The Trans-Himalayan Livelihood: Opportunities and Challenges in Tourism Development in Upper Mustang, Nepal
Keywords:Food preferences, livelihood, local organic food of Upper Mustang, spiritual practices, Tibetan culture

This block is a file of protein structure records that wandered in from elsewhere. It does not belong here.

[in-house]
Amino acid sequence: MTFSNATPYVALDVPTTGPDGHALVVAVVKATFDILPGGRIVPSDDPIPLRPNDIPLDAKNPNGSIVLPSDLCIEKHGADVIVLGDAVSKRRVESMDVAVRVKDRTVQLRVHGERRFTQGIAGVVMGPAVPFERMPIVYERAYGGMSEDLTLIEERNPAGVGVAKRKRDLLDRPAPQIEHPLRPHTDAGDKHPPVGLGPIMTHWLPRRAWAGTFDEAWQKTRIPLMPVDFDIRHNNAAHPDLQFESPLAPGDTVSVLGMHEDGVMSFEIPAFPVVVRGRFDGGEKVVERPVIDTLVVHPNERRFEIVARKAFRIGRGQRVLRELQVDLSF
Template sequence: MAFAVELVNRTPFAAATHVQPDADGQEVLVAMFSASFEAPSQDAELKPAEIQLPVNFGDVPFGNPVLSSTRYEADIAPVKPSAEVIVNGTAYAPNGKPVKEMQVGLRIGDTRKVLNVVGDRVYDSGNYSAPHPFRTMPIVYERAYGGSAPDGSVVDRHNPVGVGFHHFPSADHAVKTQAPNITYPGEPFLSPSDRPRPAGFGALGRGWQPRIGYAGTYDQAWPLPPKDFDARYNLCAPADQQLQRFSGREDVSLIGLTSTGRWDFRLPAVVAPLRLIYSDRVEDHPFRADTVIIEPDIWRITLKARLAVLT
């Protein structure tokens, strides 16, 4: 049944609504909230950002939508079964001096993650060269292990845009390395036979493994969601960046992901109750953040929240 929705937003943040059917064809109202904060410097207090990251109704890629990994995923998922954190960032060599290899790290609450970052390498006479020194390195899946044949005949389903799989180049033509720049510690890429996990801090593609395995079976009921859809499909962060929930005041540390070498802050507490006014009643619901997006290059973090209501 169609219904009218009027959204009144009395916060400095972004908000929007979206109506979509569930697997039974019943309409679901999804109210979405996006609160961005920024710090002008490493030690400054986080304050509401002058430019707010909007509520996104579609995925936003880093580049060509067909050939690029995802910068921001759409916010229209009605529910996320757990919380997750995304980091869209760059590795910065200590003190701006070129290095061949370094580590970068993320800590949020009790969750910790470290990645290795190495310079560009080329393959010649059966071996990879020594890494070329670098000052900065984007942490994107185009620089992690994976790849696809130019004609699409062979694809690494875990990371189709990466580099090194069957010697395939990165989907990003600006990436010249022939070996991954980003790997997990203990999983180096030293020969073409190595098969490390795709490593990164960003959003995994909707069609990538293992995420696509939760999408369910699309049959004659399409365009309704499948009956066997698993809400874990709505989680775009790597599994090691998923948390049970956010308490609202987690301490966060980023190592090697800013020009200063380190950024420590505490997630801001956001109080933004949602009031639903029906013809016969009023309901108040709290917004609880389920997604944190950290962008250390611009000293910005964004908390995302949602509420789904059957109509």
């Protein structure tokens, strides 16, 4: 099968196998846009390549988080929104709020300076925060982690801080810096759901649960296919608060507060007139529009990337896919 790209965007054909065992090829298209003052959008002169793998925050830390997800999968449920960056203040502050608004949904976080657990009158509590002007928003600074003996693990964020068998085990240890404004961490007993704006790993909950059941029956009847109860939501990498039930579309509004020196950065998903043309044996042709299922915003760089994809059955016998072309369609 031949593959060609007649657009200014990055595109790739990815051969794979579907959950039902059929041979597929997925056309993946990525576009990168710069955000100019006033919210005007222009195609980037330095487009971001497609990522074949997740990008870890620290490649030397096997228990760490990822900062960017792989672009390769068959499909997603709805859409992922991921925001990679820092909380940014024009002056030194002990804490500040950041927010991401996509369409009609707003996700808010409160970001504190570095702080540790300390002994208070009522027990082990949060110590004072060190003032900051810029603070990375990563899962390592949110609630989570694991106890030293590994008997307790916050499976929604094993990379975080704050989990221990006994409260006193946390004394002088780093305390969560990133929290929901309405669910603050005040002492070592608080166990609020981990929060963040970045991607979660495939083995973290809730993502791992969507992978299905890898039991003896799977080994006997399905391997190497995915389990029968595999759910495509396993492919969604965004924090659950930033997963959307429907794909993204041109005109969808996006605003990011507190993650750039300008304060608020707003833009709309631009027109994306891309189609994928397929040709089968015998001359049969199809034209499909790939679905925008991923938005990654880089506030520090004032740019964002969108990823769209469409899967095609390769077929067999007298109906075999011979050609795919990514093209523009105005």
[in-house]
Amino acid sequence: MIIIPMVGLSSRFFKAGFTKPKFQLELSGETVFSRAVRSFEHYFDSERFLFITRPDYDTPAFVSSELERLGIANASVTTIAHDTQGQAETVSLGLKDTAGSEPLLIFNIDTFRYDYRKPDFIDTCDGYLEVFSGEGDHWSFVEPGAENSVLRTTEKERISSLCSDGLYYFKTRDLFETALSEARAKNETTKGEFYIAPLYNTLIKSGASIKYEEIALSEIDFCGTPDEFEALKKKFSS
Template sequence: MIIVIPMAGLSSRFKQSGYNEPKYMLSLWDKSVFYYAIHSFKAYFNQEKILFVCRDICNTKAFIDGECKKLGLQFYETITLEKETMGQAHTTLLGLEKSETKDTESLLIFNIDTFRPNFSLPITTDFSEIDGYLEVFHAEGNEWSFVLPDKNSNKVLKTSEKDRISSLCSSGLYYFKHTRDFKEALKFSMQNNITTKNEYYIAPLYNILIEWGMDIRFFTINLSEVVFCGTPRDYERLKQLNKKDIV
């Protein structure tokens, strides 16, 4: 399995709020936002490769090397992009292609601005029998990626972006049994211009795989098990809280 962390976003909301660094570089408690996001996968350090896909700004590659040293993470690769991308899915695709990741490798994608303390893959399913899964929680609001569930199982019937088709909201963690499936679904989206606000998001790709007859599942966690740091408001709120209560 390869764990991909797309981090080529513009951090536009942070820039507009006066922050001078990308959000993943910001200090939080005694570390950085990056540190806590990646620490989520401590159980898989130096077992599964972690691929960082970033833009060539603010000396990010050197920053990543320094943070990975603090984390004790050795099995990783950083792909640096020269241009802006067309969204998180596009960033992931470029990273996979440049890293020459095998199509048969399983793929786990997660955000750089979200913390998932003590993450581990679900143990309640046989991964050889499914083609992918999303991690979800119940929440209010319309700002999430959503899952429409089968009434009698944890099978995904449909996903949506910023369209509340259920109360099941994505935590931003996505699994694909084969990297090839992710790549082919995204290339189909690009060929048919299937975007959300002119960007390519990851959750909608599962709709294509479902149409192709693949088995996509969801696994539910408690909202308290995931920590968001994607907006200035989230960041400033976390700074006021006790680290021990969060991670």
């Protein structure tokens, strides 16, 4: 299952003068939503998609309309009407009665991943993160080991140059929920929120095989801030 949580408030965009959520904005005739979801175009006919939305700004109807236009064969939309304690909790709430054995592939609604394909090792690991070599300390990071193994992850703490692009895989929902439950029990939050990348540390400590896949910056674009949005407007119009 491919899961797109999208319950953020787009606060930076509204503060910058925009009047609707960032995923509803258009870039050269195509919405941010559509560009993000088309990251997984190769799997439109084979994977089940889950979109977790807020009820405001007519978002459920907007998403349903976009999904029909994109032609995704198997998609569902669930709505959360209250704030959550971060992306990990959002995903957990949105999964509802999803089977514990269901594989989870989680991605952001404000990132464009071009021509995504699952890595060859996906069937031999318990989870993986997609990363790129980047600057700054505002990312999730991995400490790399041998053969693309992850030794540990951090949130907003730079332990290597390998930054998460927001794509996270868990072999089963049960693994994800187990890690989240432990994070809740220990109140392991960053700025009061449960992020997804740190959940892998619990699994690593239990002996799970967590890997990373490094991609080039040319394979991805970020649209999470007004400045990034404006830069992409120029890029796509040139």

The people, places, and livelihoods of the Himalayan regions in Nepal are great attractions to tourists for multiple activities. However, mountain livelihood as tourist product has been little attention. This paper aims to present the Loba livelihood of the Upper Mustang, a trans-Himalayan region of Nepal as an intangible heritage, where the Government of Nepal began high-yielding tourism in 1992. Similarly, it focuses on opportunities and challenges of tourism development in the Upper Mustang. The paper is based on anthropological fieldwork conducted for the PhD, at Tribhuvan University, Nepal. The qualitative data were collected by applying observation and interview methods. The quantitative data were collected by Annapurna Conservation Area Project, Lo-manthang, and Jomsom. The important observable tourist goods in the study area include scenic desert-like natural surroundings, sacred sites, Himalayan festivals, rituals, local organic food items, and high altitude agricultural and pastoral practices. Similarly, the visitors are amazed and attracted by these tangible as well as intangible cultural heritages of Loba. The heritage includes the “mud-walled city of Lo-manthang”, medieval monasteries, palaces, and cave dwellings. The Loba livelihood is unique and a great attraction to domestic as well as international tourists for those who have no opportunity to experience a similar livelihood elsewhere. According to the Annapurna Conservation Area Project (ACAP), Lo-manthang Unit Office records 52559 (1992-2019) foreign tourists visited Upper Mustang, which is increasing by 144 tourists per year. This study contributes to the local, provincial, and federal governments to plan further development of tourism in the Himalayan region.
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